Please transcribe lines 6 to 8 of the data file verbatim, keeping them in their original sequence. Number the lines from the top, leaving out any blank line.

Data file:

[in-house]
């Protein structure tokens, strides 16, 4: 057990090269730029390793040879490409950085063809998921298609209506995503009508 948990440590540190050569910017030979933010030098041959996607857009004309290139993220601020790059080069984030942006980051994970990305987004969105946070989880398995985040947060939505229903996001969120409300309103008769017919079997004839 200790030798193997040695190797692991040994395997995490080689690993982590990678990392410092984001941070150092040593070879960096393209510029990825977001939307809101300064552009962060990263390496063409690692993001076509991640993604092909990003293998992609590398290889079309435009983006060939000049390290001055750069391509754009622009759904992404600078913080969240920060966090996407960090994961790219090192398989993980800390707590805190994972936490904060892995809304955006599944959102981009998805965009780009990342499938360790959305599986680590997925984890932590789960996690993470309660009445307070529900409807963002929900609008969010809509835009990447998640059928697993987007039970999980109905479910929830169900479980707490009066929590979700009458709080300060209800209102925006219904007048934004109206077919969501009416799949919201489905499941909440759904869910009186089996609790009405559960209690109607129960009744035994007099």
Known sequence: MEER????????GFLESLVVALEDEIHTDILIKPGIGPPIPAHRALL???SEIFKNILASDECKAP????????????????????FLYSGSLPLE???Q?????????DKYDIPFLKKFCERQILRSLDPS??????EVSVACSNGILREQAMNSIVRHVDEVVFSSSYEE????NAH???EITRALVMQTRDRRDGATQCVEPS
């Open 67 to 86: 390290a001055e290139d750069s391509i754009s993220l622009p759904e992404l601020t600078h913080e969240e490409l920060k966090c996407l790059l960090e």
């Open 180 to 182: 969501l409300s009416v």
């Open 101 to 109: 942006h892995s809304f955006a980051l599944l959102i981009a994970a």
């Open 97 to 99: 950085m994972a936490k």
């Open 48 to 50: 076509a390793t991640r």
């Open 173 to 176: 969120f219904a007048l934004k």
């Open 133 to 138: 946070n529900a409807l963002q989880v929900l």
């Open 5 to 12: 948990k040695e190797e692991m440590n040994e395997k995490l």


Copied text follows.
């Open 101 to 109: 942006h892995s809304f955006a980051l599944l959102i981009a994970a």
């Open 97 to 99: 950085m994972a936490k």
């Open 48 to 50: 076509a390793t991640r």